It seems timely to think about the history of Native Americans with less than a week to go before Thanksgiving. And if you already dislike the US Government, prepare to be impressed, even astounded by the lows it has sunk to...It'll make you want to deface that cool, snide Andrew Jackson staring at you from your twenty dollar bills. You will see that the arrogant United States of America has its own history of genocide, one that has been going on for hundreds of years.
I watched the entire series We Shall Remain, a set of PBS documentaries about Native Americans' history once the settlers hit the continent's shores. The films cover brutal, unsettling material that unfolds in a deft, direct manner. It covers histories of the Cherokee, Shawnee, Apache, and others in episodes entitled "After the Mayflower," "Tecumseh's Vision," "Trail of Tears," "Geronimo," and "Wounded Knee." There are definitely some major tribes missing from the series, but hopefully their stories will also accessibly be told with such care in the future. There's still about 8+ hours worth of straightforward viewing here, and the films are made from careful, studied recreations, truly haunting photos, interviews and even found footage.
The most interesting and vital part of the films though, I found, is definitely the interviews conducted with Native people living today. This is particularly moving during "Geronimo," when ancestors of Geronimo, Cochise and others are interviewed. Their words and stories are intense, and the gravity of what their families have experienced is devastating. It is also particularly moving during the final film of the series, "Wounded Knee," which focuses on growing Native American activism in the 70s and the 1973 occupation of Wounded Knee by the radical American Indian Movement (AIM). The interviewees' memories are so fresh, and their hope and passion for The Movement is so strong. If you think things will have gotten better for Native people after making it through the first 4 portions of this series, think again! Just because the final film covers the post- hippie 1970s doesn't mean the government is any sweeter to Native Americans.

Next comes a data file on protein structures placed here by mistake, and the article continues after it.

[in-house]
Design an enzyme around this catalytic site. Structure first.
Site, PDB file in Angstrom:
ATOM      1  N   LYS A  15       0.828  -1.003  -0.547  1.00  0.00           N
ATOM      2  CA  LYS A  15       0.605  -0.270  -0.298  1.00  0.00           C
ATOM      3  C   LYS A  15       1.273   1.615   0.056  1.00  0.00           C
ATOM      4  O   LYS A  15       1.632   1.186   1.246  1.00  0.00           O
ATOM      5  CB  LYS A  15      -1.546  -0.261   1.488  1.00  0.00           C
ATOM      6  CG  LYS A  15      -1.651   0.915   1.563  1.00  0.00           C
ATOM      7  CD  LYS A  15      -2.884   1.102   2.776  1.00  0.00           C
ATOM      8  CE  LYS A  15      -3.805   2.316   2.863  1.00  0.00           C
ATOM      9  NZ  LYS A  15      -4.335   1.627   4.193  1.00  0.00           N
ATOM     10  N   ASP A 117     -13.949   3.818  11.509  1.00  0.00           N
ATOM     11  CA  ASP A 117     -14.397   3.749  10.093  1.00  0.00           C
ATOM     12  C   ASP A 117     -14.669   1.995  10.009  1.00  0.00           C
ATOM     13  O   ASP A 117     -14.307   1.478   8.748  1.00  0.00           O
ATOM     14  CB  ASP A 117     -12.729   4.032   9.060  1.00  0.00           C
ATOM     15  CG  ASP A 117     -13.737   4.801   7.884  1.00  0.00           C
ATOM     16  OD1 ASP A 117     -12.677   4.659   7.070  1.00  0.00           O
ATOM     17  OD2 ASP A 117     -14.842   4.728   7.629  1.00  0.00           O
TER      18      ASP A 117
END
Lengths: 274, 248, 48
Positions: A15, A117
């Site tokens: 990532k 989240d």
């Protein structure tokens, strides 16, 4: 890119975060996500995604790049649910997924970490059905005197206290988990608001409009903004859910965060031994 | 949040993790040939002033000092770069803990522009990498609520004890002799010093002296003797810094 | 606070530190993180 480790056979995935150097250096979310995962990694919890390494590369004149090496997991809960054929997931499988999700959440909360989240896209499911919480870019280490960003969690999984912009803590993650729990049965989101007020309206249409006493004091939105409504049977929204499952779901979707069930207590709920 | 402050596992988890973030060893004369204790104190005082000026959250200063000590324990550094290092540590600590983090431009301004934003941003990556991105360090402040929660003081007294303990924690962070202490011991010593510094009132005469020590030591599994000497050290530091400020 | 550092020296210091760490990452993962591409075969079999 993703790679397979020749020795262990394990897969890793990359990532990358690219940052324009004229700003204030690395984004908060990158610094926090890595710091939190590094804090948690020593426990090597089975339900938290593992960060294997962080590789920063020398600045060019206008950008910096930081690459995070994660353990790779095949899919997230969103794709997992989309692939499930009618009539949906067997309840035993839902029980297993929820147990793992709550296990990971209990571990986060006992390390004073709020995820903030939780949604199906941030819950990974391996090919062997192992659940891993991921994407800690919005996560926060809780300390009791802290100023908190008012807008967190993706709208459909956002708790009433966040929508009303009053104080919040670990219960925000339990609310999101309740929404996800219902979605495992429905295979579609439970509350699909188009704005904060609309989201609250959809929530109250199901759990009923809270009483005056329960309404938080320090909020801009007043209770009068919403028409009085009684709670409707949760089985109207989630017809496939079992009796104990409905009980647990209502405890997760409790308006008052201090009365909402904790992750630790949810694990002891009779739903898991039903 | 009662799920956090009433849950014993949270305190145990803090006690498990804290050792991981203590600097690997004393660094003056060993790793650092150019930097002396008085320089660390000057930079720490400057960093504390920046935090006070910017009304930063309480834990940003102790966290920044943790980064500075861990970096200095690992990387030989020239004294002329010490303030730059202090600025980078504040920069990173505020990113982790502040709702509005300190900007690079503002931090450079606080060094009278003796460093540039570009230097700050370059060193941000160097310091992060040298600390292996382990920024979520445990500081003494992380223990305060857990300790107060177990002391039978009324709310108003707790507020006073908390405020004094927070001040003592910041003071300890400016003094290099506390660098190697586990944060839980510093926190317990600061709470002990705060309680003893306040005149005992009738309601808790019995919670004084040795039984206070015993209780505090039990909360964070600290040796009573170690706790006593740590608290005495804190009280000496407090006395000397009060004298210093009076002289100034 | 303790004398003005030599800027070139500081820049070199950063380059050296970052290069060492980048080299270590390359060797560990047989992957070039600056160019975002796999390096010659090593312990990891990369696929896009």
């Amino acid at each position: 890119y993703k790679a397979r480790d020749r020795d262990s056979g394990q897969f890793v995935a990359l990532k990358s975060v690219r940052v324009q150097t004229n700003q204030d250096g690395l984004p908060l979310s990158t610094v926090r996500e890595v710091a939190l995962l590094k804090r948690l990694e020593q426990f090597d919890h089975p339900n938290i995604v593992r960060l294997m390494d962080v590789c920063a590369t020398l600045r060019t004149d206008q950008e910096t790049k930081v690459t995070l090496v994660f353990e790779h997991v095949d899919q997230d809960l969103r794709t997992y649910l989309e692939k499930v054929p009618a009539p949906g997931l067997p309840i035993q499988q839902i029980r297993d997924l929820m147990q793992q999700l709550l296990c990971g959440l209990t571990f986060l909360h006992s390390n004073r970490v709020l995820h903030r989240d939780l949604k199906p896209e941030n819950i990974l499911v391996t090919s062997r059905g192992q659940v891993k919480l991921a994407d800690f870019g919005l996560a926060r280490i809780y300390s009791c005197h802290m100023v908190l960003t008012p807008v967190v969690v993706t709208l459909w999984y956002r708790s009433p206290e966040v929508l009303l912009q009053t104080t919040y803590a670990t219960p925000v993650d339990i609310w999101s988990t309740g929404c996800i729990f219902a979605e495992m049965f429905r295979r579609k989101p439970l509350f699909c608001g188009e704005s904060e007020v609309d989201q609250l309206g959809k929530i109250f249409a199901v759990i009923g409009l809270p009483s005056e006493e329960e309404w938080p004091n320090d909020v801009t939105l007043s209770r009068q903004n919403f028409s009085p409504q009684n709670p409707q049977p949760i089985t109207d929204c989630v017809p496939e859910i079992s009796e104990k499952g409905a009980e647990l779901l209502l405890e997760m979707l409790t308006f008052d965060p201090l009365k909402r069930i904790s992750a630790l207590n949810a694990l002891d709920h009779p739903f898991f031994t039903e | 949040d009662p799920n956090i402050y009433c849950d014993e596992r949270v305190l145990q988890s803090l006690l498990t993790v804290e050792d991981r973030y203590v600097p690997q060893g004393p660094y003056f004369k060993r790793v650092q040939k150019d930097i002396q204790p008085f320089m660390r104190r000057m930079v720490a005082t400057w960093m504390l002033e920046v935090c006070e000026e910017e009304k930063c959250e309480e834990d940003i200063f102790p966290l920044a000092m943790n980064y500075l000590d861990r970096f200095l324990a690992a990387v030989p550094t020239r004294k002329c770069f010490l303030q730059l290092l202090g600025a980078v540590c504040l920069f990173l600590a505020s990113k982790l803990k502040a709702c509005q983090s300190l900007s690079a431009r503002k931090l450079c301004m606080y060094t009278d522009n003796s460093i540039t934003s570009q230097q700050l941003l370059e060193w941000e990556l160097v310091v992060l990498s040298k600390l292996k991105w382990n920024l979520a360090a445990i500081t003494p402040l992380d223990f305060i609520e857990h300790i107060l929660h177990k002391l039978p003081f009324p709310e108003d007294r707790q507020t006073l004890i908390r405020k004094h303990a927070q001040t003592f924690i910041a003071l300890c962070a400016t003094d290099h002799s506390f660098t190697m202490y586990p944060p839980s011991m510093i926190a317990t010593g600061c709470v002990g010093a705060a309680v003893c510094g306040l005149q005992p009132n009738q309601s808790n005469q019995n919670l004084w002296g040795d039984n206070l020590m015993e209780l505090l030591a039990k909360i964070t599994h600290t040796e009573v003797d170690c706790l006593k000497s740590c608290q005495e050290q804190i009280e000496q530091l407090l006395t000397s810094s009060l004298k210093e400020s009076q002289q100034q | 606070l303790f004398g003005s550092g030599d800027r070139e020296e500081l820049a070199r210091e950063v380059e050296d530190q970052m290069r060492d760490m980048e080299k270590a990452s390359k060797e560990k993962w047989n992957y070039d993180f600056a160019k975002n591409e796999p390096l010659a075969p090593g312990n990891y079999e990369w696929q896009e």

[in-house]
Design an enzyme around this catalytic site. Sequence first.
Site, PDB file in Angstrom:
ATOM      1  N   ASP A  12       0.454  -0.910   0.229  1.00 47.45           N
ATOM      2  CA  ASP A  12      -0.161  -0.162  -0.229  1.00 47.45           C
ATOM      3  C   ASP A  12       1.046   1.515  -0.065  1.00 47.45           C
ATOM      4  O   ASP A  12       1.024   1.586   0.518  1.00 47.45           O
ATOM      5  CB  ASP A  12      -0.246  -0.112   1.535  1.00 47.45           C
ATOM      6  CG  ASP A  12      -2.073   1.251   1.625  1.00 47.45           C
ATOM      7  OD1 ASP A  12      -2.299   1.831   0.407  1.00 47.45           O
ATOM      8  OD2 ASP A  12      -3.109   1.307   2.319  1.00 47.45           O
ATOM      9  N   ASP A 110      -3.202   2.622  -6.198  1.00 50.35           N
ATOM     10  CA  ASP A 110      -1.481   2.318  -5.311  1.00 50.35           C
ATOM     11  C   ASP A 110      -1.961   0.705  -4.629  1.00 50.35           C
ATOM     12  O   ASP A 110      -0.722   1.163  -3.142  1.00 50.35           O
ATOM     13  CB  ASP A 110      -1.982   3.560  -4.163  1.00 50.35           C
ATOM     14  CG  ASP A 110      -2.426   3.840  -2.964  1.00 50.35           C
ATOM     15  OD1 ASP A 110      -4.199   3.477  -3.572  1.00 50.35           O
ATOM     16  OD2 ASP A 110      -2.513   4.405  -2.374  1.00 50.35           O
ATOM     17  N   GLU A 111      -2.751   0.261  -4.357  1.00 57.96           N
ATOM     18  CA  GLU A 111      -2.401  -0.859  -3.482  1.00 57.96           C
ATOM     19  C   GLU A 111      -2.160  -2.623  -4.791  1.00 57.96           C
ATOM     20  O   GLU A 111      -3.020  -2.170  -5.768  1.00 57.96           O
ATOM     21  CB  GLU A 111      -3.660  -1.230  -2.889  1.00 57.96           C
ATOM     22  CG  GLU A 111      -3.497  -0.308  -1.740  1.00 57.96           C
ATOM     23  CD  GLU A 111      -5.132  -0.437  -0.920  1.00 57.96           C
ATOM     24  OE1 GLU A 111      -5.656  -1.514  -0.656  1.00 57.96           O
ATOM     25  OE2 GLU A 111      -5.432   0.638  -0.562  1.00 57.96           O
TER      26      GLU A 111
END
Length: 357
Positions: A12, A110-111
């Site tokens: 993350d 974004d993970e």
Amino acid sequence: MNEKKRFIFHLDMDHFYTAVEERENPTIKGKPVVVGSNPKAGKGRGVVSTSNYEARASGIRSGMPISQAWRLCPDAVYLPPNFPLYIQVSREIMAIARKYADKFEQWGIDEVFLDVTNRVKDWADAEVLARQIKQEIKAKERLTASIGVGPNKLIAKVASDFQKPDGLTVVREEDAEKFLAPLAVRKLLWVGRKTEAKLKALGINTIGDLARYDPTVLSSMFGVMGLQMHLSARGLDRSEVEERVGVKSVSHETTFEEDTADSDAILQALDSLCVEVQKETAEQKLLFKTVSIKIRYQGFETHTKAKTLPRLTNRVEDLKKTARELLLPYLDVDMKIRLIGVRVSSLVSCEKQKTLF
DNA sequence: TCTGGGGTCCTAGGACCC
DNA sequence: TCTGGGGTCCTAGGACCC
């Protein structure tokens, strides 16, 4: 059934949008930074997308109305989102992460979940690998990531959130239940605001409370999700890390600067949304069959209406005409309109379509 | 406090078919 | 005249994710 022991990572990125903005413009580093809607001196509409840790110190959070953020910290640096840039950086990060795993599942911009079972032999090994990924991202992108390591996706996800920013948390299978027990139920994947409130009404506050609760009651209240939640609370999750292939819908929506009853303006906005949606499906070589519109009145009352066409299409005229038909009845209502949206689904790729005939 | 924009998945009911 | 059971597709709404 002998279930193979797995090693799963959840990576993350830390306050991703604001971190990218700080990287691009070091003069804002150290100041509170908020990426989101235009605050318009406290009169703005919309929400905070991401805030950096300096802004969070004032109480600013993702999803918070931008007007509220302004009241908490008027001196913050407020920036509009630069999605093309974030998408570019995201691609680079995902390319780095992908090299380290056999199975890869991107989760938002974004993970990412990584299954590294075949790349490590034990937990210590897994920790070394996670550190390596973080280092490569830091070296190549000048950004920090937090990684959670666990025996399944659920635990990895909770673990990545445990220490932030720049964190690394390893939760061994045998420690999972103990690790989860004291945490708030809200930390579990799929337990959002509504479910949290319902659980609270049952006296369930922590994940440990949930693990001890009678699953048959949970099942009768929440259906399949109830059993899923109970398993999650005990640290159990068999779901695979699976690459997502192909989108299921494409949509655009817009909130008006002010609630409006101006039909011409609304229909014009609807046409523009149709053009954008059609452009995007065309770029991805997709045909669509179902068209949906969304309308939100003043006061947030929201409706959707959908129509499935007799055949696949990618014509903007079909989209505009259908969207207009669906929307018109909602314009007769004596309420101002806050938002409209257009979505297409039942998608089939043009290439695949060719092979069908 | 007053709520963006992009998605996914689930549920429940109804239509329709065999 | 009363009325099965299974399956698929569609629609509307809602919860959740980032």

Anyway, I strongly recommend watching these films. Though they are difficult to sit through at times due to their sheer brutality, violence and decimation, these complex stories hold much significance in our history and the fact that they are not often told is an even greater reason to watch.
Just seeing the interviewees' faces and hearing their words (often in their native languages) drives home the substantial point of We Shall Remain: Against all odds, Native American people have survived, through the very, very worst of conditions, and they continue to preserve and celebrate their culture. They are both bursting with pride about who they are and wracked with sorrow over what they have been forced to endure. And endure they have.